Drive distributed storage on Raspberry Pi

tags: raspberry pi hardware storage nodejs js

The idea was to build a storage device with an easy way to increase its capacity and with data replication. The device was built on top of Raspberry Pi with analog gauges, switches, and a display to indicate and control storage state.

What is this?

sloth-storage result

This is a stand-alone storage device, that can connect to WiFi and provides FTP interface to access files remotely. When a client copies a file to the storage, this file gets replicated to different USB drivers. If the client removes some file, it gets removed from all the USB drives.

There are two options when the storage is almost full:

  • plug in a new USB drive (the storage will utilize the new drive)
  • decrease replication count using "Replicas" selector and get more storage space but with losing reliability.

Replication count selector ("Replicas") has four positions (1-4) to choose the value. There are two analog gauges, the first one is for storage utilization, and the second one is for CPU usage. On/Off toggle switch in the final version enables and disables FTP server The yellow LED indicates storage IO, and the red LED indicates that an error occurred.

Main display switch has eight positions:

  • Total/free/used capacity – storage capacity metrics
  • Time – current device time (if it’s frozen then your NodeJS event loop got blocked :)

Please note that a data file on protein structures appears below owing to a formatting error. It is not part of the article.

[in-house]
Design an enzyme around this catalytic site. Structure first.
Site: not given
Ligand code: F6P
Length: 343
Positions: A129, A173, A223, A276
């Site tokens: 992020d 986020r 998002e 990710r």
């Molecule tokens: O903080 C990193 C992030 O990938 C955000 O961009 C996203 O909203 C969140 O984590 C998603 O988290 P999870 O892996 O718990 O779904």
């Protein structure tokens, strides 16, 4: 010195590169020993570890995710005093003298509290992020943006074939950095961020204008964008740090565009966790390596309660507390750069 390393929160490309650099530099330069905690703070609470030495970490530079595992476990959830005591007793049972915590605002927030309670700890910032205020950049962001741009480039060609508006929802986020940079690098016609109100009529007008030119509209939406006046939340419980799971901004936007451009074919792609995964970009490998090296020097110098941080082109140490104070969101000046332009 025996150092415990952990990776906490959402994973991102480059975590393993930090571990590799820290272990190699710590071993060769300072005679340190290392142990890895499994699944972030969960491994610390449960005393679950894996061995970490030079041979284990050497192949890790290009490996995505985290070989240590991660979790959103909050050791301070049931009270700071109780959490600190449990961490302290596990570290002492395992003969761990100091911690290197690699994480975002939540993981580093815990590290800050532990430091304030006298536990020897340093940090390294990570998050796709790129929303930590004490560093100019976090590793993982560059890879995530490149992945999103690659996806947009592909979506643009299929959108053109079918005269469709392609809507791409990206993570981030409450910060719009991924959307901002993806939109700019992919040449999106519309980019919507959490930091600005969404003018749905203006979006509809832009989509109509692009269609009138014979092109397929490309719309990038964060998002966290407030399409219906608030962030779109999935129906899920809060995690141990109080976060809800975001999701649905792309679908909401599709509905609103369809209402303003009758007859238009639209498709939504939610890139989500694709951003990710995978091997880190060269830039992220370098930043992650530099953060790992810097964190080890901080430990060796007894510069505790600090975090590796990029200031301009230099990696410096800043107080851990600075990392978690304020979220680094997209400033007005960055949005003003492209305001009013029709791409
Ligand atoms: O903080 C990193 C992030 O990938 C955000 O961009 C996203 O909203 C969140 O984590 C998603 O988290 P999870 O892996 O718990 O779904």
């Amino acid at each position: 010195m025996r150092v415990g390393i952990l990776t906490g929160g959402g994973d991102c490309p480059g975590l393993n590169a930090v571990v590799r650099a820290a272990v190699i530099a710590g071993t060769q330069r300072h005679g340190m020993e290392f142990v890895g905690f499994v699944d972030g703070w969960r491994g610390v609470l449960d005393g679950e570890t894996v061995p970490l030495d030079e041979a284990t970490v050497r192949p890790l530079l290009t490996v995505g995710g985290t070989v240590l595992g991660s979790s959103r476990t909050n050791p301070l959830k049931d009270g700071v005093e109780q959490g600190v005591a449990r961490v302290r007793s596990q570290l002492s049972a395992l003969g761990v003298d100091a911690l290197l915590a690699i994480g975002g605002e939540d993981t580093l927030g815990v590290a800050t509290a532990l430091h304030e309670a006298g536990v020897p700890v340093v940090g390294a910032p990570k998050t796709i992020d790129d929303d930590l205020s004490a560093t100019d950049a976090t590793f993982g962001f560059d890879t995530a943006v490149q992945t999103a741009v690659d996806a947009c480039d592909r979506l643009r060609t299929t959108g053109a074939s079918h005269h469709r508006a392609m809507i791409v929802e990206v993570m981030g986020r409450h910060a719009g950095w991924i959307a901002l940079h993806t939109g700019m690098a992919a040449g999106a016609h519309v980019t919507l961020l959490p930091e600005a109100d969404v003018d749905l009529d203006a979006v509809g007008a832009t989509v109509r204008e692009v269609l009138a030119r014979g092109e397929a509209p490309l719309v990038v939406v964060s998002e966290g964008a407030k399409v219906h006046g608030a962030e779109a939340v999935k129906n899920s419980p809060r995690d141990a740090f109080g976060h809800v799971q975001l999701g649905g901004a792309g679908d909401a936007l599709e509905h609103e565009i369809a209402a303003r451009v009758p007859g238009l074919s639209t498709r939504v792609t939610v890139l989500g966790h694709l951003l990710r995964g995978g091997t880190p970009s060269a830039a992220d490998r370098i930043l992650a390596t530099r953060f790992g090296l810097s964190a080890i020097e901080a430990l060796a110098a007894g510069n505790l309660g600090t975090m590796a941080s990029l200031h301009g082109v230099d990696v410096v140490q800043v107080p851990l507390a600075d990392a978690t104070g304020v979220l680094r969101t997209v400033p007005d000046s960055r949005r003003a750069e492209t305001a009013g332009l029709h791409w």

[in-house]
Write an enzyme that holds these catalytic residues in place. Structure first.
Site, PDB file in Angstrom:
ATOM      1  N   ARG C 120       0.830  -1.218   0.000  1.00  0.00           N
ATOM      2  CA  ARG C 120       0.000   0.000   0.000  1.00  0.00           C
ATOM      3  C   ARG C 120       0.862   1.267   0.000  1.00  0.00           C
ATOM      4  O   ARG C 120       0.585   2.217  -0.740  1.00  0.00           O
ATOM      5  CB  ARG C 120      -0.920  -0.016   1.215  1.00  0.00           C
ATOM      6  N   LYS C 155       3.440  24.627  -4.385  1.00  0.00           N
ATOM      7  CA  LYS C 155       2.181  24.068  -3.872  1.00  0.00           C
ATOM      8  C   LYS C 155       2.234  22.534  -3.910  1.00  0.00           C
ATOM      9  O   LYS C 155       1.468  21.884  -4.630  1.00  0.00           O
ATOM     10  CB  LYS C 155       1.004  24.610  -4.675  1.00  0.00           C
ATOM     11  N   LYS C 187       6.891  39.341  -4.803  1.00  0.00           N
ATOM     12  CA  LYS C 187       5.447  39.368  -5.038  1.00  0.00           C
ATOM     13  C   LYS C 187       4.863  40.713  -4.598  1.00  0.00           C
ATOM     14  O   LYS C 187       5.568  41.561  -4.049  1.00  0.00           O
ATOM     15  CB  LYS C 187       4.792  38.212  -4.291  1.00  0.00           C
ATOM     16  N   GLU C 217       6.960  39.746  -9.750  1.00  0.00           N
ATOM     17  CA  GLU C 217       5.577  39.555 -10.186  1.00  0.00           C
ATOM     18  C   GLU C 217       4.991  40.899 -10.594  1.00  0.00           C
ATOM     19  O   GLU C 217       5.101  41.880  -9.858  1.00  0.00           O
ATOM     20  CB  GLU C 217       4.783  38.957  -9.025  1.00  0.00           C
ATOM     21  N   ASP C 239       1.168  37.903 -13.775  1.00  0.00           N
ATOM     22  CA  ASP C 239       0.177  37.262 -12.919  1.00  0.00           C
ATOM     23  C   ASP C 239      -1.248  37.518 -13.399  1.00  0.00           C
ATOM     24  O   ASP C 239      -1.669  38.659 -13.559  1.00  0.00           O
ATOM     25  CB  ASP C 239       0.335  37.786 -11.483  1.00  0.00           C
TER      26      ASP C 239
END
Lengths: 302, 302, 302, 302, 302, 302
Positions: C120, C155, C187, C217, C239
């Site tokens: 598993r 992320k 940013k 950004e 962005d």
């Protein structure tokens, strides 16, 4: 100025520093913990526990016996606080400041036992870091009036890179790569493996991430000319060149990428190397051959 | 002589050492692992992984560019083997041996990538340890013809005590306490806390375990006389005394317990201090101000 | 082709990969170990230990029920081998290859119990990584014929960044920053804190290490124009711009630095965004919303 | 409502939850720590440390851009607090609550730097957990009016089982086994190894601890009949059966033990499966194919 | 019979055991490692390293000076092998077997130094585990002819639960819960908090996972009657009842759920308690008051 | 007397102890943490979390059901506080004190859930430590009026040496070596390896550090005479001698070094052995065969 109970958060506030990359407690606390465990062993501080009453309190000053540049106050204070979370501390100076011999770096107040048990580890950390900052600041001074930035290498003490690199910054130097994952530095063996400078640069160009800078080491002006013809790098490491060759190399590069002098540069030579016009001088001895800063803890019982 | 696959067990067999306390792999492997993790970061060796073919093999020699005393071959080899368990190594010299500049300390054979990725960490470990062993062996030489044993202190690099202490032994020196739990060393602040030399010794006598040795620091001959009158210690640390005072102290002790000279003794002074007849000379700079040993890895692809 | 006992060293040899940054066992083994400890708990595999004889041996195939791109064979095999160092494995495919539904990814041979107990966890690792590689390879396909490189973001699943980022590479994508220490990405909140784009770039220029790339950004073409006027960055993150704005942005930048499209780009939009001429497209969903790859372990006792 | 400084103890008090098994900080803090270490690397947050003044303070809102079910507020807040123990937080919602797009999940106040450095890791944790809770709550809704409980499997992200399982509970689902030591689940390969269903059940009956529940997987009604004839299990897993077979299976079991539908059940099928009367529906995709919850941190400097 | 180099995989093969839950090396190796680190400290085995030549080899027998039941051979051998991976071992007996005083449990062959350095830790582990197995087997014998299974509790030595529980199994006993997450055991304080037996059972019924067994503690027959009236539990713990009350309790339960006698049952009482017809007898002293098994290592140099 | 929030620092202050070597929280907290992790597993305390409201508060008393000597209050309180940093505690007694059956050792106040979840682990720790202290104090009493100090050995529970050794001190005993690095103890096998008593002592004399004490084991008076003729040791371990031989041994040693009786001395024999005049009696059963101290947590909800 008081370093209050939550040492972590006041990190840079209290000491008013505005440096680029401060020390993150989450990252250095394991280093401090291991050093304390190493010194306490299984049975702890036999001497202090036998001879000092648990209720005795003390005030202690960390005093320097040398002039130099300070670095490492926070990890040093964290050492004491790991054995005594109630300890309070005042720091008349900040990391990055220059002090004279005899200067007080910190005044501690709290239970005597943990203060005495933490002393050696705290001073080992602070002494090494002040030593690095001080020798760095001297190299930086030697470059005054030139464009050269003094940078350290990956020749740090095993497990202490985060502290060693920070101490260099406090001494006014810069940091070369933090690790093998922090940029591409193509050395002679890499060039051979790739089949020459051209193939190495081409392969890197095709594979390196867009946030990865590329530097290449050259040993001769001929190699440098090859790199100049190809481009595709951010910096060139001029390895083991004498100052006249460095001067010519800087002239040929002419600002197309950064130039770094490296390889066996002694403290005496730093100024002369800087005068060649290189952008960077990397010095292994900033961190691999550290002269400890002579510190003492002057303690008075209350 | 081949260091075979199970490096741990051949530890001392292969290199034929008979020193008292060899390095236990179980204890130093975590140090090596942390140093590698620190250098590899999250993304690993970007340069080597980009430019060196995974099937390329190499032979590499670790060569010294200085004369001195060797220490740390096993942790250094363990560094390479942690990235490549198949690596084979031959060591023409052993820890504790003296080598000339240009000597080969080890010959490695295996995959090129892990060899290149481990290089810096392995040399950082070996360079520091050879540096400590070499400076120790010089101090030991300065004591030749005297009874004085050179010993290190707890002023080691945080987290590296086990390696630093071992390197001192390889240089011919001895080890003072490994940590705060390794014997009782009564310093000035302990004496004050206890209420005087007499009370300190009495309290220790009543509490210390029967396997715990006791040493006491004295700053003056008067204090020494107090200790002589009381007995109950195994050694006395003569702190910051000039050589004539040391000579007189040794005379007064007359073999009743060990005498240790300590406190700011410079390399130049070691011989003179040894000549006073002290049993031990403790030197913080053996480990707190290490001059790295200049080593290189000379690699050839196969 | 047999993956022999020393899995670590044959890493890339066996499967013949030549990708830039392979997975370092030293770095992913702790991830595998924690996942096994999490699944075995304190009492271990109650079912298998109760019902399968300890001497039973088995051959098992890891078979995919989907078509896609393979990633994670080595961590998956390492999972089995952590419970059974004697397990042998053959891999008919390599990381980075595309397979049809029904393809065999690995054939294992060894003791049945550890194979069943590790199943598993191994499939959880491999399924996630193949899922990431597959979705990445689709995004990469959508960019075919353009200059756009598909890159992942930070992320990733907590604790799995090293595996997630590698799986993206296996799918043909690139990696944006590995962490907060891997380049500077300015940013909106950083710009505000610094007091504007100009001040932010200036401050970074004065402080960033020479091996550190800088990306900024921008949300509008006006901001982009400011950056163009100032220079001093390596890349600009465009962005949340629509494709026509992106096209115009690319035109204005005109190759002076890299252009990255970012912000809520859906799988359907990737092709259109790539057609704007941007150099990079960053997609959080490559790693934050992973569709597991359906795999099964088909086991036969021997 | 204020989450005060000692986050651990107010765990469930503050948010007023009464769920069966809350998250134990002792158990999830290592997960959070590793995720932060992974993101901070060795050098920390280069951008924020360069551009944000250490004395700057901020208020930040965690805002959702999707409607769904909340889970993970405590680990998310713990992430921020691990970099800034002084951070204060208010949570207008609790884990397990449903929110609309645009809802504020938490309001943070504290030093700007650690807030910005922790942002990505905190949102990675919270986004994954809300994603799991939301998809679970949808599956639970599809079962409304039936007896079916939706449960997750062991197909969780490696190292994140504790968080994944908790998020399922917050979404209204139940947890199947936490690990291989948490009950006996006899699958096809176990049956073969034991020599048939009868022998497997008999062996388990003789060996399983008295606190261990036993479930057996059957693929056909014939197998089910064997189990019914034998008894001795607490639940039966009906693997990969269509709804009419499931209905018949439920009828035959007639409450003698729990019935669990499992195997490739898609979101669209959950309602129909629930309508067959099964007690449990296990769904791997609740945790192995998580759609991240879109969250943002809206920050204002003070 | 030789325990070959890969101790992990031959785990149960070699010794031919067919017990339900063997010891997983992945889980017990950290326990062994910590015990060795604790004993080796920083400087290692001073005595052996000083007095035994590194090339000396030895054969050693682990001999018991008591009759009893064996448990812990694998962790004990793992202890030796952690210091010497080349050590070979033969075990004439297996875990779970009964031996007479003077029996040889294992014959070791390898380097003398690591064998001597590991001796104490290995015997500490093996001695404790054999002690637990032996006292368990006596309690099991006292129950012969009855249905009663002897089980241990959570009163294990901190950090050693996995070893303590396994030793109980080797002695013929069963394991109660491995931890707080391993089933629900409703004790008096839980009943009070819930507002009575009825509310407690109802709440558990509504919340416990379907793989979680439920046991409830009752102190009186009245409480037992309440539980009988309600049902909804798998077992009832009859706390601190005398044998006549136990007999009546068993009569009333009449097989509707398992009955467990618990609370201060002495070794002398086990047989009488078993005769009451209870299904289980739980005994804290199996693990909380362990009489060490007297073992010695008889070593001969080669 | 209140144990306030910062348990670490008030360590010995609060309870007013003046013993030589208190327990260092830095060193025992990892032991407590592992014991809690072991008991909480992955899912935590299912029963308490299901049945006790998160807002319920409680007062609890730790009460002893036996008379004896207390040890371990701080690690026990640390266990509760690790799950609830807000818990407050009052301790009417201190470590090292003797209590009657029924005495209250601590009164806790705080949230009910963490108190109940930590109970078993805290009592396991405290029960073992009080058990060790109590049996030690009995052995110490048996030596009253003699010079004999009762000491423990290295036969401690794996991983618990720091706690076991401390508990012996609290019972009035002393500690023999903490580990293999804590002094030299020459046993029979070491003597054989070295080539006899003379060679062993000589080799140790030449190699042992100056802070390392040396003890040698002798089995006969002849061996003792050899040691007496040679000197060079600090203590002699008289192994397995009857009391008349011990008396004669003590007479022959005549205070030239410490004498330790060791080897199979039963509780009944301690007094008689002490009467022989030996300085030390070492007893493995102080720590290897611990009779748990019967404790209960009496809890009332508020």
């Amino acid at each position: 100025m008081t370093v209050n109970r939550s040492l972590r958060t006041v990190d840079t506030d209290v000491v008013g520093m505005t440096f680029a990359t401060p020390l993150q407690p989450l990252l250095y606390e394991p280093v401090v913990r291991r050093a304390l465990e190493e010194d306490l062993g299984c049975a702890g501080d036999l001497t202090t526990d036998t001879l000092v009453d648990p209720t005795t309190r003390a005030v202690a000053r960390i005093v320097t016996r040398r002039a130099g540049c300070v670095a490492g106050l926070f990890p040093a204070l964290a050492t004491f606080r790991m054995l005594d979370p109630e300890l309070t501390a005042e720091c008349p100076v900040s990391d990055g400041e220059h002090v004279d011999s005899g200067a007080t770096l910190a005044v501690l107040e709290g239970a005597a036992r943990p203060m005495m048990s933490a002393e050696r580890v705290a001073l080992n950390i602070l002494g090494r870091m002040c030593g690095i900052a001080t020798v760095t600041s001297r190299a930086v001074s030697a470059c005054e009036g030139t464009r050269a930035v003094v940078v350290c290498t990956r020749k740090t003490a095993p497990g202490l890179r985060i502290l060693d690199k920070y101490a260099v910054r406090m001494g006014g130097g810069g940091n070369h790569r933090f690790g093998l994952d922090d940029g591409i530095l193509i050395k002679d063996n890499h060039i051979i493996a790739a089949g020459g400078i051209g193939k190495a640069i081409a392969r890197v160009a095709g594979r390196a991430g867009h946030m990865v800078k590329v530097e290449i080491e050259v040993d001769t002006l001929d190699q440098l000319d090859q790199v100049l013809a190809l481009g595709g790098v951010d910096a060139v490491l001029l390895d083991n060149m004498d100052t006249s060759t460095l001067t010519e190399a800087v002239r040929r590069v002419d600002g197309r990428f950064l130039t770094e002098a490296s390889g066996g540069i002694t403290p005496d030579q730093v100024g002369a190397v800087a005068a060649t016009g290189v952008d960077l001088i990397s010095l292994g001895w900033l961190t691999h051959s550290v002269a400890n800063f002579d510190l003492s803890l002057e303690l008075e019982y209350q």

• Error – scrolls the last error message
  • Sync Status – shows replication queue length (the number of files to be replicated/removed to reach the desired state)
  • Drives – the count of detected drivers
  • IP – scrolls device IP address.

Hardware

Almost complete list of used components:

  • 1 x RPi 3 (ID:3055) = $35.00
  • 1 x Pimoroni Micro Dot pHAT with Included LED Modules - Red (ID:3248) = $29.95
  • 4 x USB 3.0 4-Port USB Hub (eBay) = $16.40
  • 1 x 8GB Class 10 MicroSD Memory Card (ID:2692) = $9.95
  • 2 x DC 0-3V Analog Voltmeter (eBay) = $8.56
  • 1 x Mini Panel Mount SPDT Toggle Switch (ID:3221) = $0.95
  • 1 x Slim Metal Potentiometer Knob - 10mm Diameter x 10mm - T18 (ID:2058) = $1.90
  • 1 x Solid Machined Metal Knob - 1" Diameter (ID:2056) = $3.95
  • 2 x Mini 8-Way Rotary Selector Switch - SP8T (ID:2925) = $3.90
  • 2 x LED diode - red and yellow

Items in the list which have an ID were purchased on adafruit.com.

Box

I found bamboo as a cheap and very nice looking material for DIY cases. Also wood is much easier to fix and adjust by cutting and sanding compare to metal.

Work started with measurements and blueprint preparing: sloth-storage blueprints

I prepared SVG files of the case and ordered laser cutting and engraving on ponoko.com. After a while I got this: sloth-storage laser cuts arrived Ponoko sent it by mail. All materials come covered with protection paper.

Box panels are pulled out, corner connectors are already glued together: sloth-storage laser cuts got out

Panels adjustment and fitting: sloth-storage case assembled

Case SVG blueprints can be found here.

Analog gauges

First of all, I tried to print scale for analog gauges on a paper but was not satisfied by the result. And in the end, I decided to order engraving on thin styrene white sheets (0.02 inches) on the same website I used for the case. Crayons appear to be an excellent option to paint engraved traces. I made black and orange sections: sloth-storage gauges painting process

The result, before and after painting: sloth-storage gauges painting result